Patricia Busa McConnico 2016-05-02 23:40:51
RIGHT ON THE WATER An Austin attorney recharges with rowing. Spending three weeks in Nepal trekking the Himalayas, where two of the earth’s plates collided to form some of the highest mountain peaks in the world, might not sound like vacation to many people. But for Austin attorney Frank A. King, who spends his days defending state agencies and universities when they get sued, it was an amazing adventure, a way to embrace living and push himself to the next level while growing spiritually. Being raised in Austin, King didn’t have mountains at his disposal when he felt the itch to test boundaries, but he did have a passion for the law and an undeniable urge to find justice. That desire to develop, do more, and face a challenge has charted King’s course at work—he says there’s no substitute for winning a jury trial on behalf of a client—and at play. When knee problems finally forced him to give up jogging, King searched for another way to get in shape, one that wouldn’t beat his body down. Judge Joe Hart of the 126th District Court, where King was a staff attorney, suggested the Austin Rowing Club. After an initial introductory course in 1997, he was hooked. “It truly is a Zen moment combined with aerobic exercise,” said King, who rows from the ARC clubhouse on Lady Bird Lake. “There’s something about the solitude of you, the boat, and the lake that is so serene.” That calm feeling balances the stress of practicing law and allows King time for reflection and rebuilding, tools that enable him to be a better attorney. He also relishes the sheer physical challenge that rowing presents: “being better, faster, and more fit.” After spending three weeks overseas, King has some catching up to do and is looking forward to time on the water. The Texas Rowing Championships on April 16-17 might just be the perfect inspiration. What do you enjoy most about rowing and why have you stayed with the sport for so many years? Unlike jogging, there are no cars, dogs, strollers, bicyclists, chatting soccer moms, or anything else to contend with (excepting festival weekends, when there are hundreds of tourists on stand-up paddleboards and canoes careening around the lake like drunk June bugs). It’s just you, the lake, and the beautiful scenery. It’s an opportunity to have quiet, contemplative time and come up with some creative thoughts. Do you prefer sweep rowing, where the athlete holds just one oar, or single sculling, where the athlete holds an oar in each hand? I row a single rowing scull. I used to do eight sweep rowing, which is eight rowers and a coxswain. I loved doing eights, but because it required the participation of nine people showing up at the same time, it was frustrating when people didn’t keep their commitments. That being said, I don’t hesitate to jump into an eight when they need an extra oar, because the camaraderie among the eight rowers and cox is unparalleled. Is there a specific rowing incident that is burned on your brain? When I was a novice rower, I neglected to inspect the oarlock to make sure the oar was locked down tight. When I was in the middle of the lake, the oarlock came loose. I lost the oar and turned my scull over into the lake. I was pretty terrified, since I couldn’t get back into the boat without the oar stabilizing it. I ended up swimming the scull back to the shore through all the duckweed and muck before I could get back in. It taught me a harsh lesson about inspecting all of the equipment on the scull before going out on the lake. I never made that mistake again. Is there a natural transition from novice to something like the eight? The progression between a novice and being decent on an eight is immense. Some of the best amateur eights in the country come from the Austin Rowing Club. They have won many regattas around the world. But, they have been practicing together for many years, some for decades, to get the perfect precision required to be world class. How long did it take to feel like you were finally beyond the novice stage? It was when I started to teach introduction to rowing classes and realized that the students were just as clumsy and lacking in technique as I was when I started. Of course, my own technique could always use some improvement. Where are your favorite spots on the water? I like to row around Bird Island and to Longhorn Dam. I also like going to Red Bud Isle if I have the time. There is a great little spring called Cold Spring by Red Bud Isle that is beautiful when it is running. What are you thinking about while you are rowing? The best thing that goes through my mind while rowing is nothing. It takes a while to get rid of the constant yammering in your brain about all the tasks you are supposed to be doing and the deadlines you have coming up. However, at some point, the squabbling in your head ceases, and then you are in a Zen bliss zone, a beautiful, rhythmic rowing motion that is attuned to your breathing. And that’s when all is right with the world. Frank King rowing on Lady Bird Lake in Austin.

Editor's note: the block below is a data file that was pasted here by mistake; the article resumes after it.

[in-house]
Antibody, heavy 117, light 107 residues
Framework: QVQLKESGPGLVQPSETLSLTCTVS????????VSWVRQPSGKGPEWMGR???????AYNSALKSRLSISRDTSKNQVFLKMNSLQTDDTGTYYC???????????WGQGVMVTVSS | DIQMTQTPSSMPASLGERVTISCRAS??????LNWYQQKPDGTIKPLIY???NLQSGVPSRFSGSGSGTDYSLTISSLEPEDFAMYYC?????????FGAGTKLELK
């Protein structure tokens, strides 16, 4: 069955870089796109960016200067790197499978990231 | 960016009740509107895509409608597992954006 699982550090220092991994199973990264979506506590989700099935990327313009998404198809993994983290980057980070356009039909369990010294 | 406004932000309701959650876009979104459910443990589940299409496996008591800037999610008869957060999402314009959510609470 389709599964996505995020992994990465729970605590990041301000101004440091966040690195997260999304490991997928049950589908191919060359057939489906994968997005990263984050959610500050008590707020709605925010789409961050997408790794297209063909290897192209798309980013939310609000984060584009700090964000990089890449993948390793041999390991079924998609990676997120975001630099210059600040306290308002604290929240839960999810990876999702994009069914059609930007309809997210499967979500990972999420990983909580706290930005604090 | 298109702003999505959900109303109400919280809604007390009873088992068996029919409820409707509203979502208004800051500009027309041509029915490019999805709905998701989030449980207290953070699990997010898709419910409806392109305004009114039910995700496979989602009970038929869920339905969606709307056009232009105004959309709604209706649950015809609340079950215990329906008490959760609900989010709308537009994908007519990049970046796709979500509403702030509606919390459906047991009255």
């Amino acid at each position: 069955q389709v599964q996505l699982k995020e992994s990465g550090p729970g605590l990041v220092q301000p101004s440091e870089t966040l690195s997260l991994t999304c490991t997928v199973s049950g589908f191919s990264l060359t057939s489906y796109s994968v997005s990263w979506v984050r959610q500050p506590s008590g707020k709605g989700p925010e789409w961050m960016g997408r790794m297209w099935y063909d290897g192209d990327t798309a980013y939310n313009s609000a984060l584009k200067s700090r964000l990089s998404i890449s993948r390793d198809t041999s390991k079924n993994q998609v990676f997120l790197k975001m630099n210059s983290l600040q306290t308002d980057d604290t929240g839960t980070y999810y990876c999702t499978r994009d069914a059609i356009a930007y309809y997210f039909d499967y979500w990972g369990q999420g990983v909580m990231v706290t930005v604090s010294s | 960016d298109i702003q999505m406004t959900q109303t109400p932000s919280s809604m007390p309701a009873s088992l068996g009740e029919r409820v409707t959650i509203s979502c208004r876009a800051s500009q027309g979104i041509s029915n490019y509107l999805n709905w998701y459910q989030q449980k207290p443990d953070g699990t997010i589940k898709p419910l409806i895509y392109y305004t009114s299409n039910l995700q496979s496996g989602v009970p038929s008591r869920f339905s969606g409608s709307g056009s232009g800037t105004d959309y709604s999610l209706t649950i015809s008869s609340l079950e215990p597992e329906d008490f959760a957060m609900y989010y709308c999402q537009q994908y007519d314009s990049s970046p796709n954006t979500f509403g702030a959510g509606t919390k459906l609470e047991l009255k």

Published by State Bar of Texas. View All Articles.
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